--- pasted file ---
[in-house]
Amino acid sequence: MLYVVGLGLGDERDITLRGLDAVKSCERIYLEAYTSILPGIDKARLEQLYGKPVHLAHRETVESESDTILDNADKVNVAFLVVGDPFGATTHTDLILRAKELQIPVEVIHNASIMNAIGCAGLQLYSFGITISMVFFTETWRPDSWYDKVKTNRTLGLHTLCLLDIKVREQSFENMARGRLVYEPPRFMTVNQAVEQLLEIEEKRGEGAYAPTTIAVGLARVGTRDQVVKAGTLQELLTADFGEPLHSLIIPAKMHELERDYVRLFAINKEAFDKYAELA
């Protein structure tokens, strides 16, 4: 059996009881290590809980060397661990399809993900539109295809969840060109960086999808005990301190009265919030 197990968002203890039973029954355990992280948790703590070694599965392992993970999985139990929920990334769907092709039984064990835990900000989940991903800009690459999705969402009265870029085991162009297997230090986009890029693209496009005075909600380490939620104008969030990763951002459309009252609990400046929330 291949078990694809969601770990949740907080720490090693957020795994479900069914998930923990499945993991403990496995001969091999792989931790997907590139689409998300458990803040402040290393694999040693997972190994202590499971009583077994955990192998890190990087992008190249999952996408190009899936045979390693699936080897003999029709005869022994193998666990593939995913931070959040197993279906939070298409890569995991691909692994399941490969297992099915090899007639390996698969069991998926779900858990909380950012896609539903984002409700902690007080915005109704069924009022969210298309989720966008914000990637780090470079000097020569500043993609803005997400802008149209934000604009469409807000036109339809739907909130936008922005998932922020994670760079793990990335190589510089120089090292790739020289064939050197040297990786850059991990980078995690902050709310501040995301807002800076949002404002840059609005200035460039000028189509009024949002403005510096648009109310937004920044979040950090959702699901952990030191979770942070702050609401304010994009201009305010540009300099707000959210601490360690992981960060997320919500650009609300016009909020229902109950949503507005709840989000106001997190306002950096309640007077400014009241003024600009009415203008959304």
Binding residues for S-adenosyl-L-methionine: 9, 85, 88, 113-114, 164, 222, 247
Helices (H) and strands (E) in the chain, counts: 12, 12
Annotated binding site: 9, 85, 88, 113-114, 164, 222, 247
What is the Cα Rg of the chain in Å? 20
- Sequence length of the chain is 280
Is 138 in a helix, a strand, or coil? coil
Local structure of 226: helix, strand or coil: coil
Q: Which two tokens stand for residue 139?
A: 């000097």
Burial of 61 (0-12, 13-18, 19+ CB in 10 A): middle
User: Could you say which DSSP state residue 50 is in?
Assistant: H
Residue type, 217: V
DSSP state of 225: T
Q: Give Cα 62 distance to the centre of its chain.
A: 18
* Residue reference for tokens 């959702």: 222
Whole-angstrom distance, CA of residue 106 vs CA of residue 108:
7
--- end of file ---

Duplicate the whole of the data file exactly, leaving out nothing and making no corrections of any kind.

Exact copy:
[in-house]
Amino acid sequence: MLYVVGLGLGDERDITLRGLDAVKSCERIYLEAYTSILPGIDKARLEQLYGKPVHLAHRETVESESDTILDNADKVNVAFLVVGDPFGATTHTDLILRAKELQIPVEVIHNASIMNAIGCAGLQLYSFGITISMVFFTETWRPDSWYDKVKTNRTLGLHTLCLLDIKVREQSFENMARGRLVYEPPRFMTVNQAVEQLLEIEEKRGEGAYAPTTIAVGLARVGTRDQVVKAGTLQELLTADFGEPLHSLIIPAKMHELERDYVRLFAINKEAFDKYAELA
């Protein structure tokens, strides 16, 4: 059996009881290590809980060397661990399809993900539109295809969840060109960086999808005990301190009265919030 197990968002203890039973029954355990992280948790703590070694599965392992993970999985139990929920990334769907092709039984064990835990900000989940991903800009690459999705969402009265870029085991162009297997230090986009890029693209496009005075909600380490939620104008969030990763951002459309009252609990400046929330 291949078990694809969601770990949740907080720490090693957020795994479900069914998930923990499945993991403990496995001969091999792989931790997907590139689409998300458990803040402040290393694999040693997972190994202590499971009583077994955990192998890190990087992008190249999952996408190009899936045979390693699936080897003999029709005869022994193998666990593939995913931070959040197993279906939070298409890569995991691909692994399941490969297992099915090899007639390996698969069991998926779900858990909380950012896609539903984002409700902690007080915005109704069924009022969210298309989720966008914000990637780090470079000097020569500043993609803005997400802008149209934000604009469409807000036109339809739907909130936008922005998932922020994670760079793990990335190589510089120089090292790739020289064939050197040297990786850059991990980078995690902050709310501040995301807002800076949002404002840059609005200035460039000028189509009024949002403005510096648009109310937004920044979040950090959702699901952990030191979770942070702050609401304010994009201009305010540009300099707000959210601490360690992981960060997320919500650009609300016009909020229902109950949503507005709840989000106001997190306002950096309640007077400014009241003024600009009415203008959304």
Binding residues for S-adenosyl-L-methionine: 9, 85, 88, 113-114, 164, 222, 247
Helices (H) and strands (E) in the chain, counts: 12, 12
Annotated binding site: 9, 85, 88, 113-114, 164, 222, 247
What is the Cα Rg of the chain in Å? 20
- Sequence length of the chain is 280
Is 138 in a helix, a strand, or coil? coil
Local structure of 226: helix, strand or coil: coil
Q: Which two tokens stand for residue 139?
A: 């000097």
Burial of 61 (0-12, 13-18, 19+ CB in 10 A): middle
User: Could you say which DSSP state residue 50 is in?
Assistant: H
Residue type, 217: V
DSSP state of 225: T
Q: Give Cα 62 distance to the centre of its chain.
A: 18
* Residue reference for tokens 């959702």: 222
Whole-angstrom distance, CA of residue 106 vs CA of residue 108:
7